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A special landmark is around the corner for BCCI match referee Sunil Chaturvedi. The upcoming Ranji Trophy game between Delhi and Hyderabad, starting December 25, will be Chaturvedi’s 100th first-class match in the post.
Chaturvedi, a former wicket-keeper batsman who played for Uttar Pradesh, notched up seven hundreds and scored 3864 runs in his 13-year cricketing career. He effected 105 dismissals - 88 catches and 17 stumpings during his 72-match first-class stint.
He made his debut as a match referee in November 1999 when he officiated in the North Zone Ranji Trophy game between Himachal Pradesh and Services in Una.
When asked how and why he decided to work as a match referee after a stint as a cricketer, he said: "I wanted to stay connected with the game even after I retired as a player. I thought of getting into coaching or commentary full-time, but around that time the BCCI introduced match referees for domestic games. All the state associations were asked to nominate one person each for the role. The minimum requirement to become a referee was 25 first-class games. I'm grateful to the UPCA that they nominated my name. Match referees were known as 'observers' for the first few years."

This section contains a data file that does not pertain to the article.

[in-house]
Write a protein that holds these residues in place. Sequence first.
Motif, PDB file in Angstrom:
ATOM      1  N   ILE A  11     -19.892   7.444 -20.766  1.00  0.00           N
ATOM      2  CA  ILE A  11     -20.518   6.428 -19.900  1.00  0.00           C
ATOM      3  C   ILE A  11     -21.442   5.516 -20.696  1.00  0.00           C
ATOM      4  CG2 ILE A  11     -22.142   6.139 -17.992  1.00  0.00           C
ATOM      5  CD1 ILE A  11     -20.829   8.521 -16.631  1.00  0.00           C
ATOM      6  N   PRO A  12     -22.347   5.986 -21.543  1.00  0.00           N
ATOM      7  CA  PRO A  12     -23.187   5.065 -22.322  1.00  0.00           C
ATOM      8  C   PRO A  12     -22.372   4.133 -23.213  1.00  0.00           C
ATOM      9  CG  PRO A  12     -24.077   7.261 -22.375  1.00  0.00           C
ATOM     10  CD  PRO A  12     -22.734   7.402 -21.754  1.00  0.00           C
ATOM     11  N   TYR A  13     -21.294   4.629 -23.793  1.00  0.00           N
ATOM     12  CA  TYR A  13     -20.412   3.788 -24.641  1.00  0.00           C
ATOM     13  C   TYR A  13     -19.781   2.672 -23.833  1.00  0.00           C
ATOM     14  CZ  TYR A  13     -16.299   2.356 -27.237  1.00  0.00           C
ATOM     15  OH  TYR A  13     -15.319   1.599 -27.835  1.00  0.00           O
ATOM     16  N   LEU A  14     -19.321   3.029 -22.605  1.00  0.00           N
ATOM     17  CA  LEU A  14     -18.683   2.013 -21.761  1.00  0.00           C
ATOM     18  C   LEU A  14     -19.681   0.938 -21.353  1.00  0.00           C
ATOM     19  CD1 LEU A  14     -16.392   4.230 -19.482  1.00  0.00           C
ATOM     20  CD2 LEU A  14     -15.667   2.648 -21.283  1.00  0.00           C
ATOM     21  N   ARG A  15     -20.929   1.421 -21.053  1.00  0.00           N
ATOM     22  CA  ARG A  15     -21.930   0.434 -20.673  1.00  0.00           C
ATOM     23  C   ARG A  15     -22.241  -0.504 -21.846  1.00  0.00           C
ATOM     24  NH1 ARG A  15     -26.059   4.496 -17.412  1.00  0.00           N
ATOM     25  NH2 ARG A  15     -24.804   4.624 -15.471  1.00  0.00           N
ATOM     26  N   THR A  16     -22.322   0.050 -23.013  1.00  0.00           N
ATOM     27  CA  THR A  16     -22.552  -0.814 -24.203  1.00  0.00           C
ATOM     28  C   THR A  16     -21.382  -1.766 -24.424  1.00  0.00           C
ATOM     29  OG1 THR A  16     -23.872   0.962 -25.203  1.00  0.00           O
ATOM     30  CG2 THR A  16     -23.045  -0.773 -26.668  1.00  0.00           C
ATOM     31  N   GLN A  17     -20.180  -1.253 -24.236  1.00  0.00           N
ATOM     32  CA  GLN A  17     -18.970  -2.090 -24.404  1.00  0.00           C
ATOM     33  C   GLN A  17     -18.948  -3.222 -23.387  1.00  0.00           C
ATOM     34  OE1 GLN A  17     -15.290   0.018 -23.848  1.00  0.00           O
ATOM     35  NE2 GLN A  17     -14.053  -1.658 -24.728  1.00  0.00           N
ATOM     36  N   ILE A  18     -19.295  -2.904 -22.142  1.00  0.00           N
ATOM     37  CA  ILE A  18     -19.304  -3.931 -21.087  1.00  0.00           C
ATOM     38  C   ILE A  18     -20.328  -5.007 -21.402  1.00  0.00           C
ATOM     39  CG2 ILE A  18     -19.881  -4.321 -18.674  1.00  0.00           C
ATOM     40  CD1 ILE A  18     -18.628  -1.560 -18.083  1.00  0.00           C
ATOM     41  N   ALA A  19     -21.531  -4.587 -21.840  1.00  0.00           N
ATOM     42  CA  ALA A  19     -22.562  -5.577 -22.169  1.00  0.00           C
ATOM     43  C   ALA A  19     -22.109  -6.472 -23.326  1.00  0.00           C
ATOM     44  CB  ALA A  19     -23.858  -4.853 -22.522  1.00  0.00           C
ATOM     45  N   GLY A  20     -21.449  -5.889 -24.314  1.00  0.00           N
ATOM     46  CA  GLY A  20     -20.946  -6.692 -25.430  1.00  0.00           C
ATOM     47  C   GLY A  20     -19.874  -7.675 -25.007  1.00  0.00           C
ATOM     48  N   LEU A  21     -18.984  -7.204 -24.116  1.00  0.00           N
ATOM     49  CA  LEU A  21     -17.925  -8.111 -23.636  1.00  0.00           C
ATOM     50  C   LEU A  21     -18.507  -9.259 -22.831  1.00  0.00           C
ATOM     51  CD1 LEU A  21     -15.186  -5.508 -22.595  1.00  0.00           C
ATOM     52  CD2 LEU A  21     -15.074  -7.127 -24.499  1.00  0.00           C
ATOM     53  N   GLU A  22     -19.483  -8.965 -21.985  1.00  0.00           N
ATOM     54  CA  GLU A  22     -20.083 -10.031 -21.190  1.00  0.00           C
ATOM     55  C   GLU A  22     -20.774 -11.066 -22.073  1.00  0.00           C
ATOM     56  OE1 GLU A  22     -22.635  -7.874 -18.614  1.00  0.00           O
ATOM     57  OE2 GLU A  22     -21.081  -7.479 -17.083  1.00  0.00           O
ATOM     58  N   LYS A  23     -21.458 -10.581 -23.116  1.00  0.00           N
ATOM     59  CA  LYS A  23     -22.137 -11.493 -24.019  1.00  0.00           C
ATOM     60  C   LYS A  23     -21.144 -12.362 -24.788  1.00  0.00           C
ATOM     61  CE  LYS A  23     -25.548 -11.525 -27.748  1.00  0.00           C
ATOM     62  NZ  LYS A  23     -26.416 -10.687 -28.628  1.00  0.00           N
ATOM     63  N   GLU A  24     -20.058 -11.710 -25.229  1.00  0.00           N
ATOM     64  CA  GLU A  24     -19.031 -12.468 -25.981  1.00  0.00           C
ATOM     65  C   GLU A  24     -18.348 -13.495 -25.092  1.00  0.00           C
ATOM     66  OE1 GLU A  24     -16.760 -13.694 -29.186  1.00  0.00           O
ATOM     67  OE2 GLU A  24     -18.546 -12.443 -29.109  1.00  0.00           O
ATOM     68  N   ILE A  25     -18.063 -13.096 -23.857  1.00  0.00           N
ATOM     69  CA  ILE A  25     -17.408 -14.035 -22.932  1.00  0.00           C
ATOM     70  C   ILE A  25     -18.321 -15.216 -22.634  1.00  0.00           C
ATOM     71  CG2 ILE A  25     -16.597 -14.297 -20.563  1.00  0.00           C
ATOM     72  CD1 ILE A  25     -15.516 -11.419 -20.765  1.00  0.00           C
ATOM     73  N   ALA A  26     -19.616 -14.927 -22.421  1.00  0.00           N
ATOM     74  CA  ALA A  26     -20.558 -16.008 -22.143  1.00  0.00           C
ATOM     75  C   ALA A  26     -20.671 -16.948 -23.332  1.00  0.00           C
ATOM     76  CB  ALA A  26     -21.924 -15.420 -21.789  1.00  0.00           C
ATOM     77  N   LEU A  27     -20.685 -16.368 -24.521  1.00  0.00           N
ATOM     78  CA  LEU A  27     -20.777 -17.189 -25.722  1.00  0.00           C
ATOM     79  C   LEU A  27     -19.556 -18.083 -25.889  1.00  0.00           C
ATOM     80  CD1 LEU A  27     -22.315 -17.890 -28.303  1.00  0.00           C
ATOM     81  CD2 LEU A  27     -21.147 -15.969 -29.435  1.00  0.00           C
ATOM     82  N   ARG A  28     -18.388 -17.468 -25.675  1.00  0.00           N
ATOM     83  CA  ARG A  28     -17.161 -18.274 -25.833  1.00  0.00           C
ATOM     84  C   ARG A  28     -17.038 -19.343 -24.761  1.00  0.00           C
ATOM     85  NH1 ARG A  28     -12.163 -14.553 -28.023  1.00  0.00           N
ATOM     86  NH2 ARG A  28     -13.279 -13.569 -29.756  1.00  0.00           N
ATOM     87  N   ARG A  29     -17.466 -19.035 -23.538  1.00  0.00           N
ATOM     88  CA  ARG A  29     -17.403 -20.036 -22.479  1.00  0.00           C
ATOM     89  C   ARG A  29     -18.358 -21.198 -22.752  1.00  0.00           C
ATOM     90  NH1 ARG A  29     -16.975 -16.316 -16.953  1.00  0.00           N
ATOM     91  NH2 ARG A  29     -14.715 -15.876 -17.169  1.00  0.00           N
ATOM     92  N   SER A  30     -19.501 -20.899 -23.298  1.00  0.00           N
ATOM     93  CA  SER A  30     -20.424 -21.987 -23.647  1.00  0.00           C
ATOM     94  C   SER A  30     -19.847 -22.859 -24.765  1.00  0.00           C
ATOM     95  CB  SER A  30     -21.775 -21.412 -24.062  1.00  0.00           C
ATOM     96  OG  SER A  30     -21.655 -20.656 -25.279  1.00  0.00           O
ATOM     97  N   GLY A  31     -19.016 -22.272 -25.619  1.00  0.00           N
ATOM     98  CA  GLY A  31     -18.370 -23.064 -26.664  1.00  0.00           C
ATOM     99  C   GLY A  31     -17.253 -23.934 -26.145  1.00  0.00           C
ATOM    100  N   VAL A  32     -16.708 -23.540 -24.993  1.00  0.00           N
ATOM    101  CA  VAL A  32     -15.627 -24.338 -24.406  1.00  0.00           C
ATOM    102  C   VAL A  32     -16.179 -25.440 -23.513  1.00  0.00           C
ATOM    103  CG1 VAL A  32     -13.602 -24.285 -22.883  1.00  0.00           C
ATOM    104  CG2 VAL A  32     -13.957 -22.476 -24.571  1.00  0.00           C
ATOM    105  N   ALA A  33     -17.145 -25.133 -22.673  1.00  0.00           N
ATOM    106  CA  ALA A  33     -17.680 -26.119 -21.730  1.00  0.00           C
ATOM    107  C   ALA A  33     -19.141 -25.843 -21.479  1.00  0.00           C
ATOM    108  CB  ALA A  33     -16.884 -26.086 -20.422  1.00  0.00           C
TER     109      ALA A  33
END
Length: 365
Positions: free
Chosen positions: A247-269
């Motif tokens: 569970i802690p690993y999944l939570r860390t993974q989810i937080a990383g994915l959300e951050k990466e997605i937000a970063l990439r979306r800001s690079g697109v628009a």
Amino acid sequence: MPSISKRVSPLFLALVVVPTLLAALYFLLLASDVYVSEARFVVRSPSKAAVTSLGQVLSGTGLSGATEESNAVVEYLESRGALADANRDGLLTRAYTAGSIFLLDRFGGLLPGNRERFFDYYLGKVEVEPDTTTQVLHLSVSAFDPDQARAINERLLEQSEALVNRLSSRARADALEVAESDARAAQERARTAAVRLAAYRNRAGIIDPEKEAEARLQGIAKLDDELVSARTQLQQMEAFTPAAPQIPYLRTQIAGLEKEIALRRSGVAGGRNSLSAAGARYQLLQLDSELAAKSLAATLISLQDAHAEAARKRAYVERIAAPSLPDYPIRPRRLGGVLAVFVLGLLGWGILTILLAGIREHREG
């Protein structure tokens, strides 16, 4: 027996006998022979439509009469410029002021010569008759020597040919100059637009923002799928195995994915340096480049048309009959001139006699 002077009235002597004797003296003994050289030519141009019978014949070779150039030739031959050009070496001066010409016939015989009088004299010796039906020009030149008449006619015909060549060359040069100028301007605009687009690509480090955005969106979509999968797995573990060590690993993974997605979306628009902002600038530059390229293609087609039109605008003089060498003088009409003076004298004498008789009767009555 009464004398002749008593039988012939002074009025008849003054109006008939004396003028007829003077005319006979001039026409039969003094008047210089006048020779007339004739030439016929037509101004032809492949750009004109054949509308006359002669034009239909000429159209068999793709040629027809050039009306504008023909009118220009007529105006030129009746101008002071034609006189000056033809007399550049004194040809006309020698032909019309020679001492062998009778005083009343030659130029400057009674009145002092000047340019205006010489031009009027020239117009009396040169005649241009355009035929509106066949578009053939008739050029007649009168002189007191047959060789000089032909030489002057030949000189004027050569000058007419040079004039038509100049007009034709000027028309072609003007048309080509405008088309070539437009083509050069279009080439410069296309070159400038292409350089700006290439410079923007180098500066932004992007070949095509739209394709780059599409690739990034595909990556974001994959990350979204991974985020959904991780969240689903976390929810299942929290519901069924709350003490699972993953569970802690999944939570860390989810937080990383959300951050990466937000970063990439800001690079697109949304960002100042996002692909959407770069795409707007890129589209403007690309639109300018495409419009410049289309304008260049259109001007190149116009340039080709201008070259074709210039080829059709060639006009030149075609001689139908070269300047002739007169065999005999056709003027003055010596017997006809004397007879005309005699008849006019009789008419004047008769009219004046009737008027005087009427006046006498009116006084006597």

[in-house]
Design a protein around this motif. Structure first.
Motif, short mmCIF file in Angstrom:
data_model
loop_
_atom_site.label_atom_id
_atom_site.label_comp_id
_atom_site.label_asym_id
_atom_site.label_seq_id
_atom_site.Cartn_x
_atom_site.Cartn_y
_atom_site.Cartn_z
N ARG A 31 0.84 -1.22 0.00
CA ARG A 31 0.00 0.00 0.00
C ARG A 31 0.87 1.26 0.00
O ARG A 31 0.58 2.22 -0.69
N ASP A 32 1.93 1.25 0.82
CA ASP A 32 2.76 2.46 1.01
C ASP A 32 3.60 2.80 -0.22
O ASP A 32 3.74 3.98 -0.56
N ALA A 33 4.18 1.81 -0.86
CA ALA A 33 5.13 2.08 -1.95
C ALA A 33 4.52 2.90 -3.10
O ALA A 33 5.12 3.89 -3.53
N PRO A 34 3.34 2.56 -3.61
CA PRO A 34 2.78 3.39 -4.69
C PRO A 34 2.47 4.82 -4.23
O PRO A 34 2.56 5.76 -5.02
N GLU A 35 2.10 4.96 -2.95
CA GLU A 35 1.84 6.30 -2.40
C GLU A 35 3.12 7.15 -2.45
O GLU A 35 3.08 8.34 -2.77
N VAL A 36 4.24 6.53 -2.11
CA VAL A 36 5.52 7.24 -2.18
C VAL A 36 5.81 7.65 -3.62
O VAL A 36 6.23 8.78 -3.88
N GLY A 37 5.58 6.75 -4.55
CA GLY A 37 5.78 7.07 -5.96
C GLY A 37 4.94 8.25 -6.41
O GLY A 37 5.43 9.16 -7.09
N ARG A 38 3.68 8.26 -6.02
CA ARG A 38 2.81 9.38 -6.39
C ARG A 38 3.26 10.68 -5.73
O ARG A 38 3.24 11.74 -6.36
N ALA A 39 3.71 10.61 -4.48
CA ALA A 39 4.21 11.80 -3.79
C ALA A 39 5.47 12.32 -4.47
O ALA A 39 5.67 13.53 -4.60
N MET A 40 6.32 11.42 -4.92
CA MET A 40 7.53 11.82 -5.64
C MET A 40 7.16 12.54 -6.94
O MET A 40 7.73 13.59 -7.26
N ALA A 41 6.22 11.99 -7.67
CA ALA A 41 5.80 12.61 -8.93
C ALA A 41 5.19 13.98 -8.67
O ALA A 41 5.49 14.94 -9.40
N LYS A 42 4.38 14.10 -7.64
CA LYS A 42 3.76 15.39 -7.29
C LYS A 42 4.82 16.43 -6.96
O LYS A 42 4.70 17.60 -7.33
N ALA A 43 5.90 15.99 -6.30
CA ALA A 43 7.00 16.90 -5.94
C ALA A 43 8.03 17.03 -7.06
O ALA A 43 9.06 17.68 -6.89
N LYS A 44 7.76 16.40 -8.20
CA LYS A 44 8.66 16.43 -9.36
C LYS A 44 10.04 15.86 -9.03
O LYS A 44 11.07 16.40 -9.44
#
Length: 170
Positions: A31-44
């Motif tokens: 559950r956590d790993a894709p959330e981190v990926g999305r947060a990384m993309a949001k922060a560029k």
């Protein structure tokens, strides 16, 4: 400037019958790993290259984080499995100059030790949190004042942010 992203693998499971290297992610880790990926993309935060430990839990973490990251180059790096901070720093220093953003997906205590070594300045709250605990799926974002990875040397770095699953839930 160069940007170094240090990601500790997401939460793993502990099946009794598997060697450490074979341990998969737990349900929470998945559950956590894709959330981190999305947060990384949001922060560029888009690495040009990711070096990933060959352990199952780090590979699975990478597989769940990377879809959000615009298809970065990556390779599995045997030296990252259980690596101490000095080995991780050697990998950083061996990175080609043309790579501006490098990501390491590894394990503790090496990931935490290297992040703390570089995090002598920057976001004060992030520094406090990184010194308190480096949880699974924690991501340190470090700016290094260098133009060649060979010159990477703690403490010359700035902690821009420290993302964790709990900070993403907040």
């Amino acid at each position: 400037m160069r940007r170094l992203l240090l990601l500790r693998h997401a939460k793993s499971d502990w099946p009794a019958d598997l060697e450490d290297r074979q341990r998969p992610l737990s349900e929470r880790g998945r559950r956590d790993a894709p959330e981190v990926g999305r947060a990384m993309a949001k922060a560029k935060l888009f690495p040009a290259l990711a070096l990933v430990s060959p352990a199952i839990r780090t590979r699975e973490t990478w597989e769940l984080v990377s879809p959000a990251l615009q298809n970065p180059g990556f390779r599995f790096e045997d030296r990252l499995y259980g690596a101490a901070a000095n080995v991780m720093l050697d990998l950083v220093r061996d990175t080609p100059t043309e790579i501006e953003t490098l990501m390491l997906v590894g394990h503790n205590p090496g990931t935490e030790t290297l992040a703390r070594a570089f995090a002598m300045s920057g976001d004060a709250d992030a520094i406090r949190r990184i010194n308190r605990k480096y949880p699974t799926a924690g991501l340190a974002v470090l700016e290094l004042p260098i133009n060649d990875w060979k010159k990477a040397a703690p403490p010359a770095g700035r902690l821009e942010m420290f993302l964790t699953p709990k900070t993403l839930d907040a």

Chaturvedi, who has worked as a match official in Duleep Trophy, Ranji Trophy and Z.R. Irani Cup in addition to officiating in the first-class matches involving the ‘A’ teams from India, Sri Lanka, New Zealand and South Africa, also spoke about the challenges that are involved in the job. He had a message for future aspirants.
"Integrity, leadership qualities, confidence to take quick decisions, man-management, communication skills, in-depth knowledge of the games and its rules - these are some of the important attributes that a match referee must possess. If anyone ticks these boxes, they must go ahead and take up this profession," he said.
"It is a satisfying job because it's an important one. Cricket, in the world over is getting increasingly professional, and I feel referees play an important role in driving forward this change. In competitive sport, with so much at stake, things can spiral out of control in no time. The referee's presence ensures that doesn't happen," he concluded.